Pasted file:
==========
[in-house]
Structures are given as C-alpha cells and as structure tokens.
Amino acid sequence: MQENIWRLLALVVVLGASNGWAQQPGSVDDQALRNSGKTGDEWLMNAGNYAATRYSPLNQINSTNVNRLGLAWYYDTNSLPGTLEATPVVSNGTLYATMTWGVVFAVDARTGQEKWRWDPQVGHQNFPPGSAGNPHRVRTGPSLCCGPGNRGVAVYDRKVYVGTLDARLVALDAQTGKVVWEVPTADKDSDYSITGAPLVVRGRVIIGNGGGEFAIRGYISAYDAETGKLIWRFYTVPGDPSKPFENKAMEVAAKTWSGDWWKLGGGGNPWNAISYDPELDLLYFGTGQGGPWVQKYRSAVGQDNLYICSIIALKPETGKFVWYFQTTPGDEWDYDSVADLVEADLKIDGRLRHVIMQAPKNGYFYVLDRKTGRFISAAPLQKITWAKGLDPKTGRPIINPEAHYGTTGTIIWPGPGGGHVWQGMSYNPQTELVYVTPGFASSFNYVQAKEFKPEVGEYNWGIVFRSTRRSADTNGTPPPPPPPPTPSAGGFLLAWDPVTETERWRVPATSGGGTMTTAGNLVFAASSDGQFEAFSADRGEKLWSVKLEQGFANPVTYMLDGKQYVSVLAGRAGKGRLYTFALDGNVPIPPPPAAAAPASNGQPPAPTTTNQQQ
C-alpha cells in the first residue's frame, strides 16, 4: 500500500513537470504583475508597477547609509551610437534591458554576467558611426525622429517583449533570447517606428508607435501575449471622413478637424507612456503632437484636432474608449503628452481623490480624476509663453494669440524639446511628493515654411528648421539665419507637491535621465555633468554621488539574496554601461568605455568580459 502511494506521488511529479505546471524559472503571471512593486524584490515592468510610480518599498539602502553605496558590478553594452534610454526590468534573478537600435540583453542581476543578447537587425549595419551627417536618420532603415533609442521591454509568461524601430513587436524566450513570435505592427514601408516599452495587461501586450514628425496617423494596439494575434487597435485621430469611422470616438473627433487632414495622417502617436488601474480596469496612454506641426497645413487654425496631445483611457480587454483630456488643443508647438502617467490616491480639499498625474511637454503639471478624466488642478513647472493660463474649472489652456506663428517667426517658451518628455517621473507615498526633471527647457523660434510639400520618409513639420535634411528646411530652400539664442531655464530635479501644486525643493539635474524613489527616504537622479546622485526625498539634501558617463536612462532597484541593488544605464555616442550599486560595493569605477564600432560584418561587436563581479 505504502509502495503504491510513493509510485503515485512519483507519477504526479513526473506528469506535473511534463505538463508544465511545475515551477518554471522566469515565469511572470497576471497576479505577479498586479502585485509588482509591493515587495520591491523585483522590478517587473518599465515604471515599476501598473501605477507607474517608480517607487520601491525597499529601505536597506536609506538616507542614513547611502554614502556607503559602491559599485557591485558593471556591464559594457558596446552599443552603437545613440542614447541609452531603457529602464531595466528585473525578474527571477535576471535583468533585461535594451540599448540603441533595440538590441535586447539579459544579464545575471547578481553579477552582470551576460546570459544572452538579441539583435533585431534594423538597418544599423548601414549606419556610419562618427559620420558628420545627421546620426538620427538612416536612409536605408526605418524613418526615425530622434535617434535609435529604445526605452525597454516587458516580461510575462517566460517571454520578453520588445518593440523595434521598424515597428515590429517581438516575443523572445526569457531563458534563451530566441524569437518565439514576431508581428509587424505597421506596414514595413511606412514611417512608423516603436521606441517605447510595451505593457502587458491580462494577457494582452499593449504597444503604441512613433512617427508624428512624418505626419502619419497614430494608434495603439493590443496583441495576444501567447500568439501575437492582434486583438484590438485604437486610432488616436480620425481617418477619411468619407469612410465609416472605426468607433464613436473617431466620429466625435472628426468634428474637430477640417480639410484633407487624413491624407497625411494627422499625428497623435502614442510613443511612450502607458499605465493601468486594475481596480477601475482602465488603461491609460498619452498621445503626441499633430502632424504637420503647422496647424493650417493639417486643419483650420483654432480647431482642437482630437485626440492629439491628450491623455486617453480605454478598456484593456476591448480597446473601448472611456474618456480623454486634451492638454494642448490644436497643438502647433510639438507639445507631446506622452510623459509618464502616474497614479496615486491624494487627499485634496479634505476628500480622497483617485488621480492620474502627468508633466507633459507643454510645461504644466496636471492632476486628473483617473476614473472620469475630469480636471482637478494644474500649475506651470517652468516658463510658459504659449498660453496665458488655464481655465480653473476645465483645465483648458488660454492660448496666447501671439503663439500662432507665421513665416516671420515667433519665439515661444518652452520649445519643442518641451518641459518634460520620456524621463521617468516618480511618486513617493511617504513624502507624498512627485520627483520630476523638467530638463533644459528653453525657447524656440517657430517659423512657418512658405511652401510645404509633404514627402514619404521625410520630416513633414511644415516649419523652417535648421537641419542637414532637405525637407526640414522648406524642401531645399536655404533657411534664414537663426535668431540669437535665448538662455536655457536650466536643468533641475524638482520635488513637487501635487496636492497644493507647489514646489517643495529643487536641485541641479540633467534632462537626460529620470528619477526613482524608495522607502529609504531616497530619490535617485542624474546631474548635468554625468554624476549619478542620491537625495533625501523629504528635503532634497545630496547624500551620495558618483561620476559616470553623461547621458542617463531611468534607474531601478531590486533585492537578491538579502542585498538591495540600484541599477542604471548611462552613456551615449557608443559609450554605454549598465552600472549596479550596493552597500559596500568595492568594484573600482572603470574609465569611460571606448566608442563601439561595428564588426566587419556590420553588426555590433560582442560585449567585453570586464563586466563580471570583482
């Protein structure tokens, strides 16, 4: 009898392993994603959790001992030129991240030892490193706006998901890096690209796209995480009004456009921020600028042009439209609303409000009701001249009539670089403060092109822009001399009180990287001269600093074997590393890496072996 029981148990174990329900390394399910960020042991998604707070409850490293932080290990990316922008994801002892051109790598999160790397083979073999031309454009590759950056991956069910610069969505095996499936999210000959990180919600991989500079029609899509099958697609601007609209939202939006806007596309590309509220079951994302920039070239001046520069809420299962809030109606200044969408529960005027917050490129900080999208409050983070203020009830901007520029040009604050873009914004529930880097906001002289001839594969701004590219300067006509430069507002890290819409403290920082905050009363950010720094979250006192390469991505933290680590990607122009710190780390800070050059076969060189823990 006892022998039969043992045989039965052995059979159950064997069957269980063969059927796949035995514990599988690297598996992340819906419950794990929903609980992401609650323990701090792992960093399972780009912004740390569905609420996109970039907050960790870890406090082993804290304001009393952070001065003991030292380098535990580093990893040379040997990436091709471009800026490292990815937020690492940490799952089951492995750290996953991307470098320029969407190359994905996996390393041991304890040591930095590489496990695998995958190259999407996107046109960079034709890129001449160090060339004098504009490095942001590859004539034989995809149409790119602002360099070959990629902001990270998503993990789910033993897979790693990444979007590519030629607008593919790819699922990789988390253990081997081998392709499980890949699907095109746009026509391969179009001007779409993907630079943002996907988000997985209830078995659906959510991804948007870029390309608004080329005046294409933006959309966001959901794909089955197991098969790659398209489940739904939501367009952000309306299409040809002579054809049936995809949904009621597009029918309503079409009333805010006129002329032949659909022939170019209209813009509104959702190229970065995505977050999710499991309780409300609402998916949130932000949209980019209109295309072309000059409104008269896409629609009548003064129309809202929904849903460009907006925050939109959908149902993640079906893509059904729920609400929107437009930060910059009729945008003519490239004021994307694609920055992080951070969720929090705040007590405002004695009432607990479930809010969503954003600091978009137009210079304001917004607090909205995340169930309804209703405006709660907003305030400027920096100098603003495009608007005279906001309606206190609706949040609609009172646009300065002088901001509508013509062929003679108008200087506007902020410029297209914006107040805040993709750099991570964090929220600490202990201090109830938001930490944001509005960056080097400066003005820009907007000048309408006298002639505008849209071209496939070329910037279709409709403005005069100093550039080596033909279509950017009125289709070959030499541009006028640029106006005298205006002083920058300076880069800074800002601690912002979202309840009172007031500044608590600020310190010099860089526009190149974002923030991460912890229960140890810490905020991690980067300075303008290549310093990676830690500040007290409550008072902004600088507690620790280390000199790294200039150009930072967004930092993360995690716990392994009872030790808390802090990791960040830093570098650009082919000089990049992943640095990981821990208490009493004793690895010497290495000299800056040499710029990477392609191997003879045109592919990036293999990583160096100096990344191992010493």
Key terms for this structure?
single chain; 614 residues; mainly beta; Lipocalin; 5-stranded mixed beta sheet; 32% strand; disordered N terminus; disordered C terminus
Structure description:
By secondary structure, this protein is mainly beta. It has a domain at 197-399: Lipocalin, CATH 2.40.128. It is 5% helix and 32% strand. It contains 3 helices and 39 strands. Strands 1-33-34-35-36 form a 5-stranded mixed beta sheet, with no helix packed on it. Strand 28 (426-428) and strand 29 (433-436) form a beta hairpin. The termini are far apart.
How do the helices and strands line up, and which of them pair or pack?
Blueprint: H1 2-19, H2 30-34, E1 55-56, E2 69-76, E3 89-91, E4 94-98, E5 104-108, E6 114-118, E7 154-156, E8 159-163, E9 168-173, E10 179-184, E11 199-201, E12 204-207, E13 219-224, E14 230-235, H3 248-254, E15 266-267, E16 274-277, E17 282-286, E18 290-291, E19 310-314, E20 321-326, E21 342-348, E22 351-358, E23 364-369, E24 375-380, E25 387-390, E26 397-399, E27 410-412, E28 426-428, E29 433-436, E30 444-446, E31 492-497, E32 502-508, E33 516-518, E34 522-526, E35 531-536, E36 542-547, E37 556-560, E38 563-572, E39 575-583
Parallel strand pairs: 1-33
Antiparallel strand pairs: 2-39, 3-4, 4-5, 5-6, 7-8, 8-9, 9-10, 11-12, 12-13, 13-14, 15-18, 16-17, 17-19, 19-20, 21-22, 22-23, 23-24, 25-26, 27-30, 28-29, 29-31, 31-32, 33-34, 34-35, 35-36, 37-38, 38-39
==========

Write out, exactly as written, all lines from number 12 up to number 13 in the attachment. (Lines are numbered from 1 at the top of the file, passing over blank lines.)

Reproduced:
Parallel strand pairs: 1-33
Antiparallel strand pairs: 2-39, 3-4, 4-5, 5-6, 7-8, 8-9, 9-10, 11-12, 12-13, 13-14, 15-18, 16-17, 17-19, 19-20, 21-22, 22-23, 23-24, 25-26, 27-30, 28-29, 29-31, 31-32, 33-34, 34-35, 35-36, 37-38, 38-39